Although ethanol interest groups and rural lawmakers have had assurances the Trump administration will continue to support biofuels and the Renewable Fuel Standard, a move in Congress to reform the RFS likely will continue.
Earlier this week Rep. Jim Sensenbrenner, R-Wis., introduced two pieces of legislation aimed at reforming the RFS.
One bill calls for the relaxing of RFS mandates for cellulosic biofuels. Another bill calls for a study of mid-level ethanol blends.
In addition, legislation introduced last year has called for RFS reform to include limiting the amount of ethanol allowed in the gasoline supply to 9.7%.
The first Sensenbrenner bill, the comprehensive mid-level ethanol assessment legislation, would require the National Academy of Sciences to "provide a comprehensive assessment of research on the implications of the use of mid-level ethanol blends – fuel containing more than 10% ethanol by volume – compared to gasoline blends containing 10% or 0% ethanol. The study will evaluate the performance, safety, and environmental impact of mid-level ethanol blended fuels," Sensenbrenner announced in a news release.
"The second bill focuses on cellulosic biofuel assessment. This legislation relaxes the Environmental Protection Agency's volume requirements for cellulosic biofuel under the RFS to what is commercially available until the National Academy of Sciences submits to Congress a report on the environmental and economic impacts of cellulosic biofuel, and the feasibility of large-scale commercial production.
"These common sense bills ensure that hardworking American fuel consumers are not needlessly subjected to ineffectual and burdensome government regulations."
Sensenbrenner said in a statement: "As a former member of the House Science, Space, and Technology Committee, I have always believed science-based decision making must guide our assessment of the RFS and the effects this policy has had on consumers, our economy, and our environment. This is especially true in a state like Wisconsin, where the use of recreational vehicles and marine engines is a way of life for many of its residents."
In a statement to DTN the Renewable Fuels Association said the bills introduced are nothing new.
"These are the same senseless bills that Rep. Sensenbrenner has introduced in the past," RFA said.
"This is nothing more than a regurgitation of the same outdated and inaccurate talking points that big oil has used to keep its near-monopoly at the pump. E15 is the most tested fuel in the history of motor fuels, and in the more than four years since it was approved by EPA, there have not been any reported cases of engine damage or mis-fueling. More than 400 million miles have been driven on E15 without incident- it's time to end the witch-hunt.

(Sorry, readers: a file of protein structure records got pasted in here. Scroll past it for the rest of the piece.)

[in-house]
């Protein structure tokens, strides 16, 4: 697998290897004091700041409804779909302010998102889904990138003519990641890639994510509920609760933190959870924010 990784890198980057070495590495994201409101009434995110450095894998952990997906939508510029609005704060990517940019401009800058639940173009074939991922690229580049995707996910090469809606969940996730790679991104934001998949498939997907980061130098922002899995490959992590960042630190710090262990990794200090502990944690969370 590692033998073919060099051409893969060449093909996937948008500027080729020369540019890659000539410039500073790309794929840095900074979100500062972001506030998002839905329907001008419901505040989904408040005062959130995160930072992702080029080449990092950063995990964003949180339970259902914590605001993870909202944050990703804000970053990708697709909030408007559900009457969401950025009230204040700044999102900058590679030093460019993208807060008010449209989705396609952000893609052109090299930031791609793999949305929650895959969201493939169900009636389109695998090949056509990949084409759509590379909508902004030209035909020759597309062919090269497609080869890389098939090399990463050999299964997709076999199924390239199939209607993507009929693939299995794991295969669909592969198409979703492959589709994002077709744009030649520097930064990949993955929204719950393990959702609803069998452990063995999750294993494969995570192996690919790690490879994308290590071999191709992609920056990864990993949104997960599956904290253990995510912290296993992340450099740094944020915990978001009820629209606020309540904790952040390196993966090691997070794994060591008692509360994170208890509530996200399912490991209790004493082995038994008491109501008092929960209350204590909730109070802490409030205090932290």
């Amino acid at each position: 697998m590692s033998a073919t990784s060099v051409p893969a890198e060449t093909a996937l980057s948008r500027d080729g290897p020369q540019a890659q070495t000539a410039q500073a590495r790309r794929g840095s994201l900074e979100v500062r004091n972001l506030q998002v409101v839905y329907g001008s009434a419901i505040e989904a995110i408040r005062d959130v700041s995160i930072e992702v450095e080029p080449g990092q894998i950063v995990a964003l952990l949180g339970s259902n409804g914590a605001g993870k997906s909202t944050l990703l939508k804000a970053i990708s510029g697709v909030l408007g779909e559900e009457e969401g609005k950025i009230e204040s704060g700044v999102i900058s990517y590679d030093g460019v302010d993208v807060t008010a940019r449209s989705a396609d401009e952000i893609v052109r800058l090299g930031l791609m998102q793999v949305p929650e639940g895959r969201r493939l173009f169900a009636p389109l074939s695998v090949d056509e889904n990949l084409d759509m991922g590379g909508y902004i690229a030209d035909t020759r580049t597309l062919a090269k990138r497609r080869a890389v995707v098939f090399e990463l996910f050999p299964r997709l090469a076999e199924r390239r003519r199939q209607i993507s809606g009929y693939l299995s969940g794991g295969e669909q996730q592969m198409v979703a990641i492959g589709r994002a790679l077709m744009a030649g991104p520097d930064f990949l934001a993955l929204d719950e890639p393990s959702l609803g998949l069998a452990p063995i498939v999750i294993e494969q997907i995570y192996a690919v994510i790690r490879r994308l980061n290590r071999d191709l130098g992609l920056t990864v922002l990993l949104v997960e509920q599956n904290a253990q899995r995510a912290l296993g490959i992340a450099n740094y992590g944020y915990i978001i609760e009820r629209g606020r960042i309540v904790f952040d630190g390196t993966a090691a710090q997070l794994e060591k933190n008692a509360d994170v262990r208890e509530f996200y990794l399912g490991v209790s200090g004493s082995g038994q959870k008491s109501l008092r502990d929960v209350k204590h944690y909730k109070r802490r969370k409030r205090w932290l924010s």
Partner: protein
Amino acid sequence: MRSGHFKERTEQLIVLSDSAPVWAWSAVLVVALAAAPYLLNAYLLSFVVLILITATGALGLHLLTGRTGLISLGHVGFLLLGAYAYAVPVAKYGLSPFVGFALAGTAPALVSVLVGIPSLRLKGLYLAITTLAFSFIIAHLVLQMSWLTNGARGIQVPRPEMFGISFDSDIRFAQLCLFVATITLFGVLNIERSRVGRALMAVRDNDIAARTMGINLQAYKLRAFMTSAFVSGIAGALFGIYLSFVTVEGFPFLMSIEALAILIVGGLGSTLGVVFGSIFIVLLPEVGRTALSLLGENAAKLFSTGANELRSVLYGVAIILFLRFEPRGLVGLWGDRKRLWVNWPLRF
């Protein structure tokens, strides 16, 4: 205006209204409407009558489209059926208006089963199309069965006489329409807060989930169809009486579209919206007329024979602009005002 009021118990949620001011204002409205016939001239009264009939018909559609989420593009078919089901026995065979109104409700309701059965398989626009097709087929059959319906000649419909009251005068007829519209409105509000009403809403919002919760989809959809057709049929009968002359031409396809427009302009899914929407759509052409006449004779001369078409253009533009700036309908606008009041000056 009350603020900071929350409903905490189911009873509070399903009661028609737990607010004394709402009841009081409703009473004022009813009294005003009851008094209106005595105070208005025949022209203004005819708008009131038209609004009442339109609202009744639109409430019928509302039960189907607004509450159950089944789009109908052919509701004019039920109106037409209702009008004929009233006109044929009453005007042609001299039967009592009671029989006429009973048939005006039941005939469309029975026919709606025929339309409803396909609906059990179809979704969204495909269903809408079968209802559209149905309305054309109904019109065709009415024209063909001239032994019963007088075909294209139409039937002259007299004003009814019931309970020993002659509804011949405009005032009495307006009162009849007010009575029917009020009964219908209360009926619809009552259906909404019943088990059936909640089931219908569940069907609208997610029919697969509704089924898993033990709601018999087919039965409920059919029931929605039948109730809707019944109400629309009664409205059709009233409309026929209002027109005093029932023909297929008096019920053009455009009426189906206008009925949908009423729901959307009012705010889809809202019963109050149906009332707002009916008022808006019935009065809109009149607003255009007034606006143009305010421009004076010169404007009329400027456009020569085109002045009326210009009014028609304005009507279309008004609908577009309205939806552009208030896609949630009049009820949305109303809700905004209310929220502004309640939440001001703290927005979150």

"Meantime, the Renewable Fuel Standard was always meant to be forward looking, incentivizing cellulosic ethanol and other second generation biofuels to help diversify our fuel supply. Under the RFS, EPA already has the flexibility to adjust annual volumes for cellulosic and advanced biofuels, and the agency has used that flexibility in recent years to set cellulosic biofuel volumes closer to actual production levels. Ethanol is the cleanest, most affordable, highest octane source on the planet. These bills are unnecessary and would ultimately only punish consumers who want a choice at the pump."
Last year Sensenbrenner introduced a bill to reverse the U.S. Environmental Protection Agency's approval of E15, and to require more study of the issue.
There have been a number of bills aimed at reforming the RFS in the past couple of years.
According to a position paper from the American Coalition for Ethanol in April 2016, http://bit.ly/…, those bills include the RFS Reform Act of 2015, the Renewable Fuel Standard Elimination Act both from Rep. Bob Goodlatte, R-Va.; the LEVEL Act, or Leave Ethanol Volumes at Existing Levels Act by Rep. Michael Burgess, R-Texas; the Phantom Fuel Reform Act introduced by Sens. Mike Crapo, R-Idaho, and Jeff Flake, R-Arizona; American Energy Renaissance Act of 2015, by Sen. Ted Cruz, R-Texas; Corn Ethanol Mandate Elimination Act of 2015, by Sens. Pat Toomey, R-Pa., Dianne Feinstein, D-Calif., Flake and Susan Collins, R-Maine.
Todd Neeley can be reached at firstname.lastname@example.org
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